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Dorothy Tudor has cared for her partner Bob since he was diagnosed with dementia seven years ago. Watching the smiley, fun-loving carpenter transform into someone who no longer recognises her, Dorothy has been ‘floundering’ for support with nowhere to turn.
Here, she tells her story – and explains how introducing dementia support workers into GP surgeries could help ease the burden on people in a similar position. Dementia support workers exist in some organisations, but their role is not streamlined or consistent. New research to explore how to introduce them into primary care is being led by the University of Plymouth,...Read more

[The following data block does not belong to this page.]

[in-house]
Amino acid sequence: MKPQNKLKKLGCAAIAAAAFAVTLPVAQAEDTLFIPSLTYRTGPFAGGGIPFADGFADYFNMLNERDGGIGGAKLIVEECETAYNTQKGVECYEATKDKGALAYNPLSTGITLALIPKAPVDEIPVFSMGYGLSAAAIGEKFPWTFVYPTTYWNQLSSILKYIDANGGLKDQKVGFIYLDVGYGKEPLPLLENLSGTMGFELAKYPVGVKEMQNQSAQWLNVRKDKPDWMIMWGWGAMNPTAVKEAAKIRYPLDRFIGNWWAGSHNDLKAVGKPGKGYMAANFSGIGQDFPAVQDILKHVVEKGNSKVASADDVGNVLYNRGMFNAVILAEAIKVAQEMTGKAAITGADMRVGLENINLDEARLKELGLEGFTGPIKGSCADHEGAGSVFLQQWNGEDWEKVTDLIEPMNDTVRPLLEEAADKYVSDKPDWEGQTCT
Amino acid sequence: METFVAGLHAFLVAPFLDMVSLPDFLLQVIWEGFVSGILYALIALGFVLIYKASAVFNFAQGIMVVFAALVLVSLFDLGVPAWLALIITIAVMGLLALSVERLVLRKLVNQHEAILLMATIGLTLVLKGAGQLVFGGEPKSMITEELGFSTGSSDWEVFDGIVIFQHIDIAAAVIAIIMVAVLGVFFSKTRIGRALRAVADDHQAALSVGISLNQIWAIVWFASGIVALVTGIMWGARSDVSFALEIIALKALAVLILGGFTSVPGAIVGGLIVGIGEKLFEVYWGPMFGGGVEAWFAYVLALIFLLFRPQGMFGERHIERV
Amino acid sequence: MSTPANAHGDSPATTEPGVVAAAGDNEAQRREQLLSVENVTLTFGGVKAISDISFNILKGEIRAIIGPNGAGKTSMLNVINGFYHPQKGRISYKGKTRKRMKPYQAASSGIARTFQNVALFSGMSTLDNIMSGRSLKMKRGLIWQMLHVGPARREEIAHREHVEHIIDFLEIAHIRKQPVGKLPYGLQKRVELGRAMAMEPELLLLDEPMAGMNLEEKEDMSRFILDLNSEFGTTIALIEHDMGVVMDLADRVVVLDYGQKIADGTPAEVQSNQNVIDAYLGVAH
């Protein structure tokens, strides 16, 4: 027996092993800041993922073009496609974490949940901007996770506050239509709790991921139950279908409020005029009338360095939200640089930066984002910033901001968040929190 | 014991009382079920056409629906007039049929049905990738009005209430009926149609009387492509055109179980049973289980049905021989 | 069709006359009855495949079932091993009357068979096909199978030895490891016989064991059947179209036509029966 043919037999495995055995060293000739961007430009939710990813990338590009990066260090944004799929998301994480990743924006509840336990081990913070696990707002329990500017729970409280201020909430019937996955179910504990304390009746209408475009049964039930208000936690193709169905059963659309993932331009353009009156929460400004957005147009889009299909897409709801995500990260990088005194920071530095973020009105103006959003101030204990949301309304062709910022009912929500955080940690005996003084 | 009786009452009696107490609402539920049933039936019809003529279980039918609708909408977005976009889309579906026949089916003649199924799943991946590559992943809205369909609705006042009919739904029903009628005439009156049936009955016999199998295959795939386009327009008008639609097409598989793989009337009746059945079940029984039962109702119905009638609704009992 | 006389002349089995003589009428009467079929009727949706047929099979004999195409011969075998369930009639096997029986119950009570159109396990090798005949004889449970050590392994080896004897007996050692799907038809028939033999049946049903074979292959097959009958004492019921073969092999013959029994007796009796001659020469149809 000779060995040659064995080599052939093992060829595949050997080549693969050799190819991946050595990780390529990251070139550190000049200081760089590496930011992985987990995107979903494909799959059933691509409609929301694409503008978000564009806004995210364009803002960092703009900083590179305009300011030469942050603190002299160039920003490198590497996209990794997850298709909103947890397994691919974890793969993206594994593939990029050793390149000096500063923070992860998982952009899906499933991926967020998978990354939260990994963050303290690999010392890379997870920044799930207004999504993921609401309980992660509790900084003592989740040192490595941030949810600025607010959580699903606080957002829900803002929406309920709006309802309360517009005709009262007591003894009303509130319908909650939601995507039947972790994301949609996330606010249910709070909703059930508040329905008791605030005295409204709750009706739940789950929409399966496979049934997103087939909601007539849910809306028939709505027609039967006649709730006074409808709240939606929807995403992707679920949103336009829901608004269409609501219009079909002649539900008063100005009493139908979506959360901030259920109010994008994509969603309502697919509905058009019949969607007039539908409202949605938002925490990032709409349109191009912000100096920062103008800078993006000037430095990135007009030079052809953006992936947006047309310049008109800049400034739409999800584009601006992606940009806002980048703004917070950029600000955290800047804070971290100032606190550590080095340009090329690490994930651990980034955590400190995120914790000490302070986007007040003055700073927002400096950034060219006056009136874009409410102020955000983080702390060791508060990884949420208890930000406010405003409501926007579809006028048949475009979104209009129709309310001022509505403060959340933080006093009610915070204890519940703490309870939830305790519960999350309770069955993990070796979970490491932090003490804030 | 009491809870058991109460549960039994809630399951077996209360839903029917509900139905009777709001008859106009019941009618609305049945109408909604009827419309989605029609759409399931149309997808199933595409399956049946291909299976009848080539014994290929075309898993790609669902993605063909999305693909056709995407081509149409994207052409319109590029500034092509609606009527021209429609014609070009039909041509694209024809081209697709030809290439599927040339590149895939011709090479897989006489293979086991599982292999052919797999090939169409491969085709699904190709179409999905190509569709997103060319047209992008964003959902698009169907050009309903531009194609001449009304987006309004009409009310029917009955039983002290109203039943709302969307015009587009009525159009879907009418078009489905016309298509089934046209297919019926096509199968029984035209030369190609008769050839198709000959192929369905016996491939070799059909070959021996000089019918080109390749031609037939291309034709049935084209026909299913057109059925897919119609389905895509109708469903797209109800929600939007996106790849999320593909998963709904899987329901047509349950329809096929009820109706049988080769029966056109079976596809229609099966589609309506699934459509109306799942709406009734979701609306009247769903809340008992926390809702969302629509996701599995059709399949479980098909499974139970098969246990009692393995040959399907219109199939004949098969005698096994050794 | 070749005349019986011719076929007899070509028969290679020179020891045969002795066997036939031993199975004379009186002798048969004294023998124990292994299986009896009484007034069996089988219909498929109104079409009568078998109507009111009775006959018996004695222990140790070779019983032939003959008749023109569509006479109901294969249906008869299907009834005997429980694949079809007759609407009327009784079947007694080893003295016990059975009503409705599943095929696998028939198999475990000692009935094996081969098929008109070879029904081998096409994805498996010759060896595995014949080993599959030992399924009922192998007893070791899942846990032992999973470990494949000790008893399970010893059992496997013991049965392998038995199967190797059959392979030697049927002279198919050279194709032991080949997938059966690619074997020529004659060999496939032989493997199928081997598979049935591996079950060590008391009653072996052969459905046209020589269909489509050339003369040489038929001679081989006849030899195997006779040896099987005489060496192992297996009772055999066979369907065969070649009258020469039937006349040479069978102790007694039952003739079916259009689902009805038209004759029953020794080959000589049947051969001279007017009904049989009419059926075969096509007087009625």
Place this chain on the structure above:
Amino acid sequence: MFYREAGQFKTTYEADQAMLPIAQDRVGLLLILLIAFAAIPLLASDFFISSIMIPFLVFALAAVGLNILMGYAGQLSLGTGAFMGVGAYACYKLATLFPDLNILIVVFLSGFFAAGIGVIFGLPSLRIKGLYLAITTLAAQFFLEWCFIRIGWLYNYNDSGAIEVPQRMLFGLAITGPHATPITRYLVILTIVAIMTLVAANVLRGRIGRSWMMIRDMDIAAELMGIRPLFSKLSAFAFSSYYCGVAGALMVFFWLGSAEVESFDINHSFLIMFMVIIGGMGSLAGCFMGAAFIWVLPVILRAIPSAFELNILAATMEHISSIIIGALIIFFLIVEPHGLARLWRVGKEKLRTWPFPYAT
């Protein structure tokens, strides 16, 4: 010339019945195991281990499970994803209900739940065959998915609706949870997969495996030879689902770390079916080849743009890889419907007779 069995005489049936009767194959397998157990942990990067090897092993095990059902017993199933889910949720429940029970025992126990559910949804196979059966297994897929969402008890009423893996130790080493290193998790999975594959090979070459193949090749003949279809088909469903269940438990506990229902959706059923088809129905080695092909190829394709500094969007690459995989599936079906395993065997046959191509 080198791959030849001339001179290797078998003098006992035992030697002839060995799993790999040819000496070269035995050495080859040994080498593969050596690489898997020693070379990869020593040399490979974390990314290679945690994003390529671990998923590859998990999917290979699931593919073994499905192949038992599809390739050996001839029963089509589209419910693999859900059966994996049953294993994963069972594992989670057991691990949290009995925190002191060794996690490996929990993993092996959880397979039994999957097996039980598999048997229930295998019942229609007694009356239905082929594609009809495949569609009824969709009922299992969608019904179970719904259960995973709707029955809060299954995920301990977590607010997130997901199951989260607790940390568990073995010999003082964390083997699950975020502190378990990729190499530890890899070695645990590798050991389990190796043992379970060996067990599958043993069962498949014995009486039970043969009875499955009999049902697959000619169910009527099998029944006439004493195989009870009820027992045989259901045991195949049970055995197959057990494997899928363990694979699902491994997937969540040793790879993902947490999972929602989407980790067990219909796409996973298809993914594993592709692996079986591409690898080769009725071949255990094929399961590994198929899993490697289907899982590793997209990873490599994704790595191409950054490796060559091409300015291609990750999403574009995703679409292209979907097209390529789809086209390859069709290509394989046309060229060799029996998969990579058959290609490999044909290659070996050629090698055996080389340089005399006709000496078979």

The Personal, Social, Health and Economic (PSHE) Education Association recommend that school children are taught about sex and relationships during their schooling years. Despite it not being a statutory requirement, the 2002 Education Act requires that all schools should teach a curriculum that ‘meets the needs of pupils’ and ‘prepares them for responsibilities and experiences of later life’.
Incorporating relationship education into the school curriculum provides an opportunity to equip young people with the knowledge and skills required for healthy intimate relationships. While acknowledging that some schools are already teaching relationship education well, the importance of universal coverage is a stated motive for the upcoming move of relationship and sex education...Read more